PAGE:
When Capt. Ardlie signed the Loyal Address to the Duke of Edinburgh in 1867 he gave his date of arrival in the colony as August 1841. However he may not have reached Melbourne until early the following month as it was on 7 September 1841 that the "Port Phillip Herald" announced his arrival overland from Sydney. He had brought livestock with him which included Burmese ponies and at least two camels. The newspaper reported that the camels could be viewed at the yard surrounding the Survey Office. There were two young female camels, fifteen months old and about sixteen hands high but expected to grow much larger. Two male camels were said to have died on the voyage to Sydney.
Capt. Ardlie had tried to interest the Government in contracting him to import more camels into Australia. A communication had been made to Lord John Russell who wrote from England on 28 March 1841 to Sir George Gipps about the matter. The Governor even laid Lord Russell's letter before the Legislative Council in Sydney in order to publicise the suggestion. Public opinion was divided about the matter but some were prepared to give the camels a trial.
Capt. Ardlie initially settled on the Merri Creek 8 miles north of Melbourne. His wife, Mary Ann (nee Leighton), and their children are thought to have arrived at Melbourne on 22 October 1841 per "Lysander" direct from England. Unfortunately, like many others at the time, he got into financial difficulties and in April 1845 became insolvent. Described as a farmer of Moonee Ponds, he was found to have debts of £4,094 8s 10d. Landed property, none. Personal property £37 8s. Outstanding debts, &c. all bad, £405. Balance deficiency £3652 0s 10d.
A report in "The Melbourne Argus" on 24 July 1846 differed slightly from the earlier one in the "Port Phillip Herald". It said that one male and two female camels he had been brought to Melbourne. The male had died and the two females had been purchased by the Government with the view of raising a breed in the colony. They were then being kept in the Government domain in Sydney. It said another male camel imported at a later date had also died.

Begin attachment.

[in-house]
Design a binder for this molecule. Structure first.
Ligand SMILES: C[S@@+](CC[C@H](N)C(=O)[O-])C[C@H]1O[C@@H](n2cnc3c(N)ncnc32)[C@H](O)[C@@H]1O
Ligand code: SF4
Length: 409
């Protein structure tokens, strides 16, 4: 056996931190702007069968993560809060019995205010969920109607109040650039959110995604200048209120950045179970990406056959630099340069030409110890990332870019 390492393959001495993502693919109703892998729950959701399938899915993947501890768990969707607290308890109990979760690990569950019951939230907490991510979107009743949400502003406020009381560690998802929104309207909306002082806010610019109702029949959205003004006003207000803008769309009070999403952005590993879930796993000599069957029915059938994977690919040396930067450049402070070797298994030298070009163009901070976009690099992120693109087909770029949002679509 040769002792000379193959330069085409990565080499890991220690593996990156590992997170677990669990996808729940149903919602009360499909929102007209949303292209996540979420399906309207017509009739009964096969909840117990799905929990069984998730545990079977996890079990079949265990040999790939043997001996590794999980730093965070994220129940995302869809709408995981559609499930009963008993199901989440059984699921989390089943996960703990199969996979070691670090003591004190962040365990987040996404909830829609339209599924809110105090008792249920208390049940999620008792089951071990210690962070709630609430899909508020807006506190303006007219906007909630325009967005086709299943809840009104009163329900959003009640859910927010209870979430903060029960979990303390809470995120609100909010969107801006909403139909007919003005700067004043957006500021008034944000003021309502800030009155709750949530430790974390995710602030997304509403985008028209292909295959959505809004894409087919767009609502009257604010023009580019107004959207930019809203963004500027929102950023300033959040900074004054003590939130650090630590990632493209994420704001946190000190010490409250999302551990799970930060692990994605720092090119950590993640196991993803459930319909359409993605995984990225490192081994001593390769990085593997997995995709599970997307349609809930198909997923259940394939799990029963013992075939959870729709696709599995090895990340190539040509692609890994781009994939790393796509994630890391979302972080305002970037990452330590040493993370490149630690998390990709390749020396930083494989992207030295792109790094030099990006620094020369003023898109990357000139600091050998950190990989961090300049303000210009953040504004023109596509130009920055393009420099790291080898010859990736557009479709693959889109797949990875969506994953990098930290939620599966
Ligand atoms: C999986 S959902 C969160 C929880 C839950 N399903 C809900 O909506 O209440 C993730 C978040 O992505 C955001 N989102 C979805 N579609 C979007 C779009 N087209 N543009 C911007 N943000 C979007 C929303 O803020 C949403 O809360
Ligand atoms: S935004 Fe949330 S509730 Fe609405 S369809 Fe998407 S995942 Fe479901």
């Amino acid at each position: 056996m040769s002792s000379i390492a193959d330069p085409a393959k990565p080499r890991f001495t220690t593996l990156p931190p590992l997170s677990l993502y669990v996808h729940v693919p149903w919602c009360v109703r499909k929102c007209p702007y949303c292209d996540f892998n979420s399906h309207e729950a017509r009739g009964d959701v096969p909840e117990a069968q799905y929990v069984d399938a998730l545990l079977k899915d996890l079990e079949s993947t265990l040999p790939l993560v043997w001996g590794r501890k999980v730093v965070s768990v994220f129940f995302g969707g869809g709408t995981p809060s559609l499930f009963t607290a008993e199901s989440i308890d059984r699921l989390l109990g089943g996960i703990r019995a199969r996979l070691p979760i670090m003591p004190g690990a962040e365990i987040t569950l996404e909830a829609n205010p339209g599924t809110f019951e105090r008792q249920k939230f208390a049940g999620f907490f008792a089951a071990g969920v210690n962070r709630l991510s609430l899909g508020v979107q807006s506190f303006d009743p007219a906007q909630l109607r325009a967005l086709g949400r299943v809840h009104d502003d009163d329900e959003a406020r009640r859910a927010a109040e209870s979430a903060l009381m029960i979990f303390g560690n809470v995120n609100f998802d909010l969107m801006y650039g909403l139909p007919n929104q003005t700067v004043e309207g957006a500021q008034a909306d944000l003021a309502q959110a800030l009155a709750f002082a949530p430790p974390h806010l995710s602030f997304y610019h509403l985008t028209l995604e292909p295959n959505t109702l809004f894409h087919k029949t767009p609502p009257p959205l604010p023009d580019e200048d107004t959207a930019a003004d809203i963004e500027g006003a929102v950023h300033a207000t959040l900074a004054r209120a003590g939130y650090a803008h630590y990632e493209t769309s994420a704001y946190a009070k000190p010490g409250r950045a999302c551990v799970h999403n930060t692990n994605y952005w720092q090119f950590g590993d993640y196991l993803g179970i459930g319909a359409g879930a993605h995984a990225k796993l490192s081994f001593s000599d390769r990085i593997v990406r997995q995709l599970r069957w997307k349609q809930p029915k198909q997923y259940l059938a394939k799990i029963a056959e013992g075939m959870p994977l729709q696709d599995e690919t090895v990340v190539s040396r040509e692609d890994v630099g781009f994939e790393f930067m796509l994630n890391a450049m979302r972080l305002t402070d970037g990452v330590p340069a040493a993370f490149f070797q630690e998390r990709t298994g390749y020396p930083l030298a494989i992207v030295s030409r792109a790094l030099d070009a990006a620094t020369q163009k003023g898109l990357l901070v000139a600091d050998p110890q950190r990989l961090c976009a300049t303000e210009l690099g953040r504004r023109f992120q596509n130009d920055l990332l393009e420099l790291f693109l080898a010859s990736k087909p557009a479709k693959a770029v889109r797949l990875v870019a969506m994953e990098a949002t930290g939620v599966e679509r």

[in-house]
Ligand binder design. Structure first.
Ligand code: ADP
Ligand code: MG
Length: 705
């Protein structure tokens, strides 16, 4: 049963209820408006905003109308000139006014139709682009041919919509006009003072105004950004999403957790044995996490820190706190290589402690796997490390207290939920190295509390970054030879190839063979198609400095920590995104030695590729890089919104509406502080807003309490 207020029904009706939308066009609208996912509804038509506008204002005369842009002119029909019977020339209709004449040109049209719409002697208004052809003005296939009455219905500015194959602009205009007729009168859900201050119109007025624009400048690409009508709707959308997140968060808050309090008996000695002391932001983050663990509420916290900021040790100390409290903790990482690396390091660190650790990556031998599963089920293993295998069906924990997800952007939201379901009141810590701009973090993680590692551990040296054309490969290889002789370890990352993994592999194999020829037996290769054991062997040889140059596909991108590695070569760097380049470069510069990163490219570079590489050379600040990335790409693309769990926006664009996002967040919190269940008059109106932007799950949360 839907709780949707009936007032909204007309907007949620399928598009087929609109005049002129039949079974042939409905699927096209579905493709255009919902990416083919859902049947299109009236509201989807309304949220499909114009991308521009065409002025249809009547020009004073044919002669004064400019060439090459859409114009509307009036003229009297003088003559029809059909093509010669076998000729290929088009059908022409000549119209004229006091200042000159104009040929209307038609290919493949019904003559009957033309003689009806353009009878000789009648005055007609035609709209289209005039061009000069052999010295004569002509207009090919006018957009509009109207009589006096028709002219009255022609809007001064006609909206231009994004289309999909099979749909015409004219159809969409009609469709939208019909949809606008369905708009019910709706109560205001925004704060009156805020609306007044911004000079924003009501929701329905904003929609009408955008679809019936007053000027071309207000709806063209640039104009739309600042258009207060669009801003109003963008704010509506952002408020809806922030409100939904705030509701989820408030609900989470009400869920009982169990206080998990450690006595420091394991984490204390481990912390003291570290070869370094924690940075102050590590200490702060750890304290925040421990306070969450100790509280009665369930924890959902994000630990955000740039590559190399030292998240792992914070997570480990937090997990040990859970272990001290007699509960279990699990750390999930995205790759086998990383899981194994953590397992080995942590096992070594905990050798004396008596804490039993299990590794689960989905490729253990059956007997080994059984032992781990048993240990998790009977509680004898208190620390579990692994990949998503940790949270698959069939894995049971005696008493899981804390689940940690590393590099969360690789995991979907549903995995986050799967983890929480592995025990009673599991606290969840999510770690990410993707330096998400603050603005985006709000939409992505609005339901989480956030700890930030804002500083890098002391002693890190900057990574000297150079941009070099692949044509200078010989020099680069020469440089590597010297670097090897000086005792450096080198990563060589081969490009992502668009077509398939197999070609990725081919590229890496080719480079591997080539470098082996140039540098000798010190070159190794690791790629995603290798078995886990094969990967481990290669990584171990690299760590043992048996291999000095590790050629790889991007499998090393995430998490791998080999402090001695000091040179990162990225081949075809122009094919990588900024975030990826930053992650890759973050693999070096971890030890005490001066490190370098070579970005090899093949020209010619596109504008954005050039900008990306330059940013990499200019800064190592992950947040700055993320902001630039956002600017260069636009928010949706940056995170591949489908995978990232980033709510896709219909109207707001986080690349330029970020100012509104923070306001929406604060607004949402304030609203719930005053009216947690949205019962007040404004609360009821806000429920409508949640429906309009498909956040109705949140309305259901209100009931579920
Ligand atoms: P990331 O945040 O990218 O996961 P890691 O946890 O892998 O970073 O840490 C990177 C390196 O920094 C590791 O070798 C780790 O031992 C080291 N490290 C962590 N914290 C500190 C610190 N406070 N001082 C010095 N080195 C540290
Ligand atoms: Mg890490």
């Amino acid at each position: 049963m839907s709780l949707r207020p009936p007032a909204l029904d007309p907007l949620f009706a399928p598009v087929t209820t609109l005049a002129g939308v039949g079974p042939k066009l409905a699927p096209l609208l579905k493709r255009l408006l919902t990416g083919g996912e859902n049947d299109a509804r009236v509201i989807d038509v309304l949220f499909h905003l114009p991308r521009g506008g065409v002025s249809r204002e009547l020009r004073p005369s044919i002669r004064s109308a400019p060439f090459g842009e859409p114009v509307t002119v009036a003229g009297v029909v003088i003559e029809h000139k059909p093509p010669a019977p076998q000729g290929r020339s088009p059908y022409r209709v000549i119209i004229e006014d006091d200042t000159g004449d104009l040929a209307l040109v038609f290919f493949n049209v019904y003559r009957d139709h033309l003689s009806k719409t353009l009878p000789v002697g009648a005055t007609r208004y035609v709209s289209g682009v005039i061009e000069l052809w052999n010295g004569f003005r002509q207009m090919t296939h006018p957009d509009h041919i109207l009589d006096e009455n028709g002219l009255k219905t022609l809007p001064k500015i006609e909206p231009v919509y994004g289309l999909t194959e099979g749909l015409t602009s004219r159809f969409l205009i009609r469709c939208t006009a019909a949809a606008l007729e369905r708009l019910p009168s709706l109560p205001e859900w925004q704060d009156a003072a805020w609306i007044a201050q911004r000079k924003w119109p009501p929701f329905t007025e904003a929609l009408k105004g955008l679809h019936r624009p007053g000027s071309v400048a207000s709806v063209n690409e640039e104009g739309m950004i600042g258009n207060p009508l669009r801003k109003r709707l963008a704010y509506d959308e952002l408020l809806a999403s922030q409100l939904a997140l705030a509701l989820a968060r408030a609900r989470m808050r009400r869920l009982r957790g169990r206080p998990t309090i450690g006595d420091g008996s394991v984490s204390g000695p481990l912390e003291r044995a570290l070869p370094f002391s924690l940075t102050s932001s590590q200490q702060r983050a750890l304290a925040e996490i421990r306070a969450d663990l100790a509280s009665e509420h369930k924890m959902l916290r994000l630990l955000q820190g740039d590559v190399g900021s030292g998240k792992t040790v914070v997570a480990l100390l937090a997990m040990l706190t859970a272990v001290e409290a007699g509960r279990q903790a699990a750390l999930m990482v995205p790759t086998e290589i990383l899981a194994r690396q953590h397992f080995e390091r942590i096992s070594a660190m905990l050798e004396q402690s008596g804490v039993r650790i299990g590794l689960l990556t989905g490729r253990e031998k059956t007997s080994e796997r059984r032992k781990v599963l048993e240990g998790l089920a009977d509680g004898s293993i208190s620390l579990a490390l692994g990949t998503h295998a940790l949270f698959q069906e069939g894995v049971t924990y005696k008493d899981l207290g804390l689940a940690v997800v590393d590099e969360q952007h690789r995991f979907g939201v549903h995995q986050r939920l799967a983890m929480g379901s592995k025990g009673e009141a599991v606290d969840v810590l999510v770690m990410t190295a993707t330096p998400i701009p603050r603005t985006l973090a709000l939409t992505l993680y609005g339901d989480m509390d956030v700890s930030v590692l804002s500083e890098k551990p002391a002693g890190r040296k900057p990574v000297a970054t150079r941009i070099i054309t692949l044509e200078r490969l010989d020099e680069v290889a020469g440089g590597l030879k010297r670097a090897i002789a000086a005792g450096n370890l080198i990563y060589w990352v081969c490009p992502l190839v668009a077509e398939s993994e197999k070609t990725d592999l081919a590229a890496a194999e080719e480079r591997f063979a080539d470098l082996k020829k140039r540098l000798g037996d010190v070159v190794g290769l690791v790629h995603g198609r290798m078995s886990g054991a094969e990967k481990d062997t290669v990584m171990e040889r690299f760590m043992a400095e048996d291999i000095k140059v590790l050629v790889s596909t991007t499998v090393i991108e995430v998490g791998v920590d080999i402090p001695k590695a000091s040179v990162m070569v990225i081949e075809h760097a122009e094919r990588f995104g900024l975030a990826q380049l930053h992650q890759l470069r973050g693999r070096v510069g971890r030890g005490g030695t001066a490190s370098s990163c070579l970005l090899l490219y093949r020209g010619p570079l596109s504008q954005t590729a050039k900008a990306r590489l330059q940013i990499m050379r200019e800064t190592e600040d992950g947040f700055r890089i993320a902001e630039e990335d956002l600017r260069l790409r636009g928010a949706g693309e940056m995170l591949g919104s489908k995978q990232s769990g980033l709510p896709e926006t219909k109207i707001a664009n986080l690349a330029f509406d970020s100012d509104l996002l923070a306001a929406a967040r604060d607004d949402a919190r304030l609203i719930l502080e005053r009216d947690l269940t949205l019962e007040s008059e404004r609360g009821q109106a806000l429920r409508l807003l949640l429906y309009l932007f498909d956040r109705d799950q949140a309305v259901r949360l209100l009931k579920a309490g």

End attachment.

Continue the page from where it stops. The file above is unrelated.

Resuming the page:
The article in "The Melbourne Argus" also reported that in 1845 camels had been successfully introduced into the Isle of France (Mauritius). Their food there cost only half that of mules, they could easily carry seven to eight hundred pounds in weight, and they did not have to be shod. They were broken in in their tenth year and were likely to outlive several generations of mules. Also, the price paid for them was only half that for mules and was likely to diminish as the demand for them in quantity increased.
When two further children were taken to be baptised at St. James Church in Melbourne in 1847 the family abode was given as "Camelswold". The children were named William Ardlie and Maria Lucretia Ardlie.
In 1849 he was again declared insolvent. This was apparently the result of a failed attempt to set himself up as a provisions dealer in premises on the north-west corner of Lonsdale and Elizabeth Streets, Melbourne (opposite St. Francis Church). On this occasion it was anticipated he could pay his creditors about 6s. 8d. in the pound.
His fortunes appear to have later improved for in March 1850 Capt. Ardlie was appointed Clerk of Petty Sessions at Kilmore. He was also Postmaster there. In 1852 he was appointed Clerk of Petty Sessions, Clerk of the Peace, and Registrar at Warrnambool. He also acted as Harbour Master in Lady Bay for a time. When he retired from the Public Service in 1868 he was well respected and was presented with a complimentary address signed by the Police Magistrate and local justices.
He died on 13 February 1872 at his residence "Wyton", Warrnambool. An obituary was published in "The Warrnambool Examiner" giving details of his life. He was born on 10 March 1793 at Kelvedon, Essex, England and was married in May 1825 at Westminster, London, England. Five years later he became commander of a vessel in the East India Company's Service in which he remained for about eight years. He subsequently purchased several vessels in England, amongst which were the "Wyton" and "Lord Amherst". He traded in the "Wyton" for several years. About 1839 he left for Australia, landing in Sydney, New South Wales.
The funeral service was conducted by the Rev. Dr. Peter Teulon Beamish at Christ Church, Warrnambool. Dr. Beamish delivered a feeling address in which he alluded to the deceased as a pattern to be followed by his fellow-men, in living an active, upright, christian life. He was buried at Warrnambool Cemetery with his wife who had died in 1870. It was said that his surviving camels were then located at Twofold Bay.
Contributed by Alexander Romanov-Hughes ( PPPG Member No. 52 )
List of Newsletter Articles |
Back to Home Page